Noodle Soup with a Poached Egg for Rainy Days

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recettebilingue

There are very few things better than a hot bowl of noodle soup on a rainy day. And when I say very few, I really mean almost none. These bowls always instantly make you feel better. They warm you up inside and leave you satisfied every single time.

 

 

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I was first introduced to “real” noodle soup when I visited Vietnam with my family a few years back. And by “real” I mean, non-instant ramen. I discovered Vietnamese cuisine, and especially loved their traditional Phô. Since then, I’ve been trying to find great places to have noodle soup wherever I go. Fortunately for me, two places have options on campus, allowing me to satisfy my cravings: a ramen bar, and a Phô place. Though they aren’t as good as the ones I had in Vietnam, they never fail to hit the spot. However, when it’s raining outside, I tend to avoid getting soaked at all cost. Even the temptation of having hot noodle soup made for me doesn’t make me go out. I then usually turn to my own kitchen, and make my go-to noodle soup in a matter of minutes. The only tricky part is poaching the egg, which only requires you to learn a technique. Alternatively, a soft-boiled egg works as well! Bon appétit!

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Total time: 10 minutes

Ingredients

  • 2 oz. udon noodles
  • 2 cups chicken broth (or vegetable)
  • 1 egg
  • 2 scallions (sliced)
  • 1 leafy green: bok choy, kale or swiss chard all work well. (chopped)
  • a dash of soy sauce
  • a dash of Sriracha

Directions:

  1. In a medium pot, bring salted water to a boil.
  2. Meanwhile, place the chopped leafy green at the bottom of a serving bowl. Mix the chicken broth with the soy sauce and the Sriracha, and poor it over the greens.
  3. Once the water is boiling, cook the noodles for the time indicated on the packaging. Mine only take 4 minutes. When they are ready, take them out with a slotted spoon, and add them directly to the serving bowl. Keep the water on a simmer.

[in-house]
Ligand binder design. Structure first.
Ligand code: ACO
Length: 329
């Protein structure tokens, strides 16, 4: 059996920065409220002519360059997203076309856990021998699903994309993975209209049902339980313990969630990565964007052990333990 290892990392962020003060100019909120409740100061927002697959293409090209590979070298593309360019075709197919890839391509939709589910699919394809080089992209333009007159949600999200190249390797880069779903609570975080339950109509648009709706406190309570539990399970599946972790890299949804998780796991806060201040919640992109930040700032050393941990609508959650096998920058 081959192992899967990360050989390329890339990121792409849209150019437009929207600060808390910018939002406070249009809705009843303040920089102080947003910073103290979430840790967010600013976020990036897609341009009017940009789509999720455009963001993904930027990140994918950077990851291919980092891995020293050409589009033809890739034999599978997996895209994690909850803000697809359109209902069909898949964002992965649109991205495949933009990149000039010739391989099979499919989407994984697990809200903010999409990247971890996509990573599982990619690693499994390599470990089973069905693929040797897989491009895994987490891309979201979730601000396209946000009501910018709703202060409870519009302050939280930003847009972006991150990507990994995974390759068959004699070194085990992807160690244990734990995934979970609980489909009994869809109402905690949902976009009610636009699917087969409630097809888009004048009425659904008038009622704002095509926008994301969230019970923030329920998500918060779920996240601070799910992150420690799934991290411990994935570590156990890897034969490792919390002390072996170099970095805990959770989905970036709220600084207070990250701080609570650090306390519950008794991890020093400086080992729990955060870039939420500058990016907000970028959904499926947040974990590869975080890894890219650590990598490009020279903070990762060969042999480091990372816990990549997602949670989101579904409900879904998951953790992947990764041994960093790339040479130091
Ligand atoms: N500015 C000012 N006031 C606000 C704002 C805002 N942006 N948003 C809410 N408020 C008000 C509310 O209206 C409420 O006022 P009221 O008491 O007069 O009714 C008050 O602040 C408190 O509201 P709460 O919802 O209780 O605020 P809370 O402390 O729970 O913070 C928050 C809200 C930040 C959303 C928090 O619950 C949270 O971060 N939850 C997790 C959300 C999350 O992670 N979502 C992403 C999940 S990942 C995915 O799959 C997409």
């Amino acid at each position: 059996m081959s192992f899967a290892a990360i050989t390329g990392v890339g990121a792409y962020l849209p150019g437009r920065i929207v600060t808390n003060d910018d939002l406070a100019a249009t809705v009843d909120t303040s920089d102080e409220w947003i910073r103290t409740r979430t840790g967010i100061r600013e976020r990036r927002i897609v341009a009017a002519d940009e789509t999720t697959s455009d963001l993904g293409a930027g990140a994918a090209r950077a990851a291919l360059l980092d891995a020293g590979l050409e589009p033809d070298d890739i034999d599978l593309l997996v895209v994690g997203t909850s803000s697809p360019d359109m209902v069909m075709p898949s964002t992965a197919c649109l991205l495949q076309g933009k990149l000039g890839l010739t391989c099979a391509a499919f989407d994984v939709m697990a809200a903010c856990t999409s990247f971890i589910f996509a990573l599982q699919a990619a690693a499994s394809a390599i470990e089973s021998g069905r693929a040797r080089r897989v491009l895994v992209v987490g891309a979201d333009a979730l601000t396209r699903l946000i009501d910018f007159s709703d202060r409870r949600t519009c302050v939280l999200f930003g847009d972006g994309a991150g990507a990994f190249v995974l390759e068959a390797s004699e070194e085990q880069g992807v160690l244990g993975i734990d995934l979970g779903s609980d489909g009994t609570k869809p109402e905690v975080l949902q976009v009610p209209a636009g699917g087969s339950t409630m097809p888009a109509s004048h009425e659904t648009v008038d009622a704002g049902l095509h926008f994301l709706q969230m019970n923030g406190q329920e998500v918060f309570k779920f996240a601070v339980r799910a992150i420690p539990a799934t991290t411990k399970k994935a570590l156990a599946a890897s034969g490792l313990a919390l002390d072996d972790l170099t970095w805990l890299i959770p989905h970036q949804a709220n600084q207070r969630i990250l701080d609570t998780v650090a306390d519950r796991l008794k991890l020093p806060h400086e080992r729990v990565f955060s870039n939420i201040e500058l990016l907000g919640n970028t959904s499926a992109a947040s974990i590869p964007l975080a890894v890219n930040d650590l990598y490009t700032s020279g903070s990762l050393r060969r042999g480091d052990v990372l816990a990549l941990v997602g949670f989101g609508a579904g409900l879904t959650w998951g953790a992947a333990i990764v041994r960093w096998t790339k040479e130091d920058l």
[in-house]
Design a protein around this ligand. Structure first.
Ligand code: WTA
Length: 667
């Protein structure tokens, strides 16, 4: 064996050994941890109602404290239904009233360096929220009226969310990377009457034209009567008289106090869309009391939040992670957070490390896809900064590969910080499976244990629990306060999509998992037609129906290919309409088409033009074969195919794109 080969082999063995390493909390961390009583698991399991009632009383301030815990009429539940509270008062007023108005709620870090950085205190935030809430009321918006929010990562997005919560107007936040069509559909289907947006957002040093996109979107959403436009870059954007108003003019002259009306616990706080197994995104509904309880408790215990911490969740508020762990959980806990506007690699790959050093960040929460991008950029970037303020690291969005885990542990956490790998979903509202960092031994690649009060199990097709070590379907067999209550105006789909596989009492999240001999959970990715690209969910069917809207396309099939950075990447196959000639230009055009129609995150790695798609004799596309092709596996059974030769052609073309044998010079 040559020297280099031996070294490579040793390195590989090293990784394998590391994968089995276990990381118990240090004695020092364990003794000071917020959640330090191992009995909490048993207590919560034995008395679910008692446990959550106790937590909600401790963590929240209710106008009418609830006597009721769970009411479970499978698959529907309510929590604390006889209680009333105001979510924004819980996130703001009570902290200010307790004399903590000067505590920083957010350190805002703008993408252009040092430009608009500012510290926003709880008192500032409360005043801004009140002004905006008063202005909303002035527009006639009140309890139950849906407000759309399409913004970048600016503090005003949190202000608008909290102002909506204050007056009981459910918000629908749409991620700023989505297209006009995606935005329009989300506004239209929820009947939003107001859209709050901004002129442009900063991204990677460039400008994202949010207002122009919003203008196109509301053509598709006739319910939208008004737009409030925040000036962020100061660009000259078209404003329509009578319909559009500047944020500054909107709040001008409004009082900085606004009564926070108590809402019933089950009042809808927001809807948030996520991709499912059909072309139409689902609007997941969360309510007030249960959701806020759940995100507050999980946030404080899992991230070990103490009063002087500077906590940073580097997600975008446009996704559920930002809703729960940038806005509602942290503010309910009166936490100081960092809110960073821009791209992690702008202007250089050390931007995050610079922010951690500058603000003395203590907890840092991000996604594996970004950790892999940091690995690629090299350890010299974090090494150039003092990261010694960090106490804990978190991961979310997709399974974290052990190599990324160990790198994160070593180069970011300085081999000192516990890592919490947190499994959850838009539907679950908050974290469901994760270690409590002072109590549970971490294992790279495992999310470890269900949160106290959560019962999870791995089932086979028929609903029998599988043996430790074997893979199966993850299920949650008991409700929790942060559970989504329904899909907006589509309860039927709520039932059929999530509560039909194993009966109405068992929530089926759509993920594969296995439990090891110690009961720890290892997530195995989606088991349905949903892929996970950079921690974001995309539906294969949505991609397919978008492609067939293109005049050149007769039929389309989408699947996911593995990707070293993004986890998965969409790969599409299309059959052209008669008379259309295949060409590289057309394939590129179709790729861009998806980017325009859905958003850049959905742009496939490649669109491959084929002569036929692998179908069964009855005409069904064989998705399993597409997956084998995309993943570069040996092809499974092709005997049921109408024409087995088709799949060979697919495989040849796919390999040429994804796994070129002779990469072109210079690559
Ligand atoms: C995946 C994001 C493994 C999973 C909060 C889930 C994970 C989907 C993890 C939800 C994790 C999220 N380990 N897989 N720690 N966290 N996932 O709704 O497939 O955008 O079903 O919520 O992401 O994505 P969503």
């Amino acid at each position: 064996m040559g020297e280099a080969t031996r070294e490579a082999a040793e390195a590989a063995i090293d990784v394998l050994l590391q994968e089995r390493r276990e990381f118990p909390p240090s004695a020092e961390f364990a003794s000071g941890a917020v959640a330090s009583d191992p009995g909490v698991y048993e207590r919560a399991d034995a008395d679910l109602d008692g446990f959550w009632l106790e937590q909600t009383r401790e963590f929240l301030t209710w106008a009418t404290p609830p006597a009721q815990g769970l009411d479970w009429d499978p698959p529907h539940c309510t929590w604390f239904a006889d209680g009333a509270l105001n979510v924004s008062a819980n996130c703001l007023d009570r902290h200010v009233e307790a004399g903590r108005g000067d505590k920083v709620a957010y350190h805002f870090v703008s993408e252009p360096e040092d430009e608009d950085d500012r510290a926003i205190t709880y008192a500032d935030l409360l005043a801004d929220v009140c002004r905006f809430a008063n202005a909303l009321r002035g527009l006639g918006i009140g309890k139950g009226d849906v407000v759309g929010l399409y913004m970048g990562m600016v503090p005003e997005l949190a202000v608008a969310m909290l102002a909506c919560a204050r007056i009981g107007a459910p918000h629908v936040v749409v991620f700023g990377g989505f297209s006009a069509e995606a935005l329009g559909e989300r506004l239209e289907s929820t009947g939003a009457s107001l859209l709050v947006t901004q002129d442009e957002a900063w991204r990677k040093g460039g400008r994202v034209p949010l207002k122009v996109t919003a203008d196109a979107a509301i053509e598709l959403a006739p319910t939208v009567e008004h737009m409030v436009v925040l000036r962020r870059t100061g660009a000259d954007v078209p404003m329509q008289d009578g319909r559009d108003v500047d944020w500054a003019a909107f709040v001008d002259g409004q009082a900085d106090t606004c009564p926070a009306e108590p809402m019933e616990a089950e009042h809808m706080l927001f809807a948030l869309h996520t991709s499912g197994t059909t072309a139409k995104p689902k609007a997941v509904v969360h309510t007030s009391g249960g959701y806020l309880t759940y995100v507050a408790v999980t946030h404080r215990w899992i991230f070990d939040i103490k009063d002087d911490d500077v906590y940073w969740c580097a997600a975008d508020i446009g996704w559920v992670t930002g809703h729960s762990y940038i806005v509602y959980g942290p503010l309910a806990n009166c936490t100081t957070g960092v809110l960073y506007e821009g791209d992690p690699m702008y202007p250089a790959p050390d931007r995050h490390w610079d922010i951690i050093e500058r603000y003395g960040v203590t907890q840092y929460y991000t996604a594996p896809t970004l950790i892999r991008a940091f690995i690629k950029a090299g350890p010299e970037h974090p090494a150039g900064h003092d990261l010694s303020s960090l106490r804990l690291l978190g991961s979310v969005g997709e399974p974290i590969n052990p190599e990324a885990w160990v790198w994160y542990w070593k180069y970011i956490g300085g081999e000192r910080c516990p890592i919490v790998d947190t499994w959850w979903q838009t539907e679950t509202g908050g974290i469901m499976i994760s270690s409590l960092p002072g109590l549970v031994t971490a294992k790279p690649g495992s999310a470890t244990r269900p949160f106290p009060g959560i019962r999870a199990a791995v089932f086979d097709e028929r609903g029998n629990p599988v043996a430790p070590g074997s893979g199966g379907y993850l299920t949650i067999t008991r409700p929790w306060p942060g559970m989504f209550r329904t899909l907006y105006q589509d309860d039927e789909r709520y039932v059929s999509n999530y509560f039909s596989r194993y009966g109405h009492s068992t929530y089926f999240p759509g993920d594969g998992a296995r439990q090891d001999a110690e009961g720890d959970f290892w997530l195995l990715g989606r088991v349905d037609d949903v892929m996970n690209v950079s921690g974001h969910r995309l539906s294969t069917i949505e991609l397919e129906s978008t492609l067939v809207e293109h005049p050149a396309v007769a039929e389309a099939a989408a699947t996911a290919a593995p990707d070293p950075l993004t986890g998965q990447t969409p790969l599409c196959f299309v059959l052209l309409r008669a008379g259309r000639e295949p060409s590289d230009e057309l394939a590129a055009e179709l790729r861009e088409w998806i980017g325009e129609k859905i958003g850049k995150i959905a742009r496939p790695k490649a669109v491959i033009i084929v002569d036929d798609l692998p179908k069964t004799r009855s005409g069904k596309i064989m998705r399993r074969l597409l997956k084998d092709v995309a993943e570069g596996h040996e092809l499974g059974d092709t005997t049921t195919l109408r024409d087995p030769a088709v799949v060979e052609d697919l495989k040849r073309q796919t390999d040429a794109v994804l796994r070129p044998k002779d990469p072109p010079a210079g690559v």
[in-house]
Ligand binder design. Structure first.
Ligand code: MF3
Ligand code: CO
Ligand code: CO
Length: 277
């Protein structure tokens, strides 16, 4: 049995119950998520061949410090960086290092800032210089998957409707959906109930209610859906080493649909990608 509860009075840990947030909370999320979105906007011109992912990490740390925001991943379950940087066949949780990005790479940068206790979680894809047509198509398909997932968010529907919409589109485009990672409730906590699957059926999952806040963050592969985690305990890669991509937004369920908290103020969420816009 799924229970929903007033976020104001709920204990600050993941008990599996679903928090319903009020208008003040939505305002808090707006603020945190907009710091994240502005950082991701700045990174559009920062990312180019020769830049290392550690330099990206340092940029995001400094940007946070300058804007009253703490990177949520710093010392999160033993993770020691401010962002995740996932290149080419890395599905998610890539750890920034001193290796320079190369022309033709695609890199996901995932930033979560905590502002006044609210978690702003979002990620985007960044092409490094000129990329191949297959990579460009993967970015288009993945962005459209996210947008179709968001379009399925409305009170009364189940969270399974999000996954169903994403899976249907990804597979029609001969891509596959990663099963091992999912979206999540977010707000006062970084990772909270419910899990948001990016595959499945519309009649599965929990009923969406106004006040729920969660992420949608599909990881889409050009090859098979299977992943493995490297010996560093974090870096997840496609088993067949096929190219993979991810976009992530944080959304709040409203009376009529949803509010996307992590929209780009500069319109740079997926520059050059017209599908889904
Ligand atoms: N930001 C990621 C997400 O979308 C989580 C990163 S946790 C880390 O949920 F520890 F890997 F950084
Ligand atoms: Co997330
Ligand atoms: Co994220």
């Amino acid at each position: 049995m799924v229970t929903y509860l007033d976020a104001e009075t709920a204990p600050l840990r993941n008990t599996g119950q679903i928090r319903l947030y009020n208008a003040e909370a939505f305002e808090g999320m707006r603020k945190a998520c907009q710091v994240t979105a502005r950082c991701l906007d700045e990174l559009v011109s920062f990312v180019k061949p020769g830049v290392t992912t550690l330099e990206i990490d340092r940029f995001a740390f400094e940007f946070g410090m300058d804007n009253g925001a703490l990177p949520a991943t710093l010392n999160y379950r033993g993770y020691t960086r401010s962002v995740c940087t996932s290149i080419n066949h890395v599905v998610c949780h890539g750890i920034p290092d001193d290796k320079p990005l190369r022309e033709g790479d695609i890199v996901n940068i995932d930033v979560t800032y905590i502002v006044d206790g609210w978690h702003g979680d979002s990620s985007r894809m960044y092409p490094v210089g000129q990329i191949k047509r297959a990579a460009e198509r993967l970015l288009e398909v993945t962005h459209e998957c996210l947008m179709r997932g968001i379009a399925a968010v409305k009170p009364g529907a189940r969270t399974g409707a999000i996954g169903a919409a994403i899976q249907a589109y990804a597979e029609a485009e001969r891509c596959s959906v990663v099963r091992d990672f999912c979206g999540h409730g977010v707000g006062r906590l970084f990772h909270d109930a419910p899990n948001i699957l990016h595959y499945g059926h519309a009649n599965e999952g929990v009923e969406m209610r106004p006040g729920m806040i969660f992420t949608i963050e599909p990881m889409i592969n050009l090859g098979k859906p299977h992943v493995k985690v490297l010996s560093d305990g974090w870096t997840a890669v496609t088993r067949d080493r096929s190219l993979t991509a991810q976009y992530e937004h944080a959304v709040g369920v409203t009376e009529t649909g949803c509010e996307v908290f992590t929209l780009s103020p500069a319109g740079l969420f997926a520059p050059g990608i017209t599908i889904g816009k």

4. Next, poach the egg in the remaining water. This step is delicate, but don’t be afraid to try! To do so, crack the egg in a smaller bowl, create a gentle “whirlpool” in the pot (by making two circles with a spoon in the water), and slowly slide the egg in the middle. Use a spoon to keep the whole egg together and maintain it’s shape, and take the poached egg out with a slotted spoon after about 2 minutes.
  5. Top the noodle soup with the poached egg, and a few chopped scallions. Enjoy!

TIP: This soup is also delicious with some cooked chicken breast, if you want more protein. I also like to add shiitake mushrooms when I have them in my fridge. 

recette-french

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Temps total: 10 minutes

Ingrédients

  • 60g de nouilles udon
  • 480ml de bouillon de poulet (ou de légumes)
  • 1 oeuf
  • 2 oignons verts
  • 1 légume à feuilles vertes: bok choy, kale ou blette… (en morceaux)
  • un splash de sauce soja
  • une goutte de sriracha (ou autre sauce piquante)

Etapes:

  1. Faites bouillir de l’eau salée dans une casserole.
  2. Pendant ce temps là, mettez les feuilles vertes en morceaux au fond d’un bol. Mélangez le bouillon, la sauce soja et la sriracha, versez le tout sur les feuilles et réservez.
  3. Faites cuire les nouilles dans l’eau bouillante pendant le temps indiqué (4 minutes pour moi). Puis, sortez les à l’aide d’une cuillère à trous et transvasez les dans le bol avec le bouillon. Gardez l’eau frémissante dans la casserole.
  4. Faites pocher l’œuf dans le reste d’eau. Cassez le dans un petit bol, faites un ou deux cercle dans l’eau avec une cuillère en bois, et laissez glisser l’œuf au centre. Gardez le entier à l’aide d’une cuillère et laissez le pocher pendant 2 minutes avant de le sortir avec une cuillère à trous.
  5. Déposez le délicatement sur les nouilles, dans le bouillon et garnissez d’oignon vert émincé. Bon appétit!

LE PLUS: Cette soupe est aussi délicieuse avec du poulet cuit, si vous voulez plus de protéines. J’aime aussi beaucoup y ajouter des champignons! 

6 thoughts on “Noodle Soup with a Poached Egg for Rainy Days

  1. … all but the “Sriracha”, whatever that is. I’ve come to the conclusion that I’m never going to find a vego recipe with at least one totally unknown ingredient. 😐

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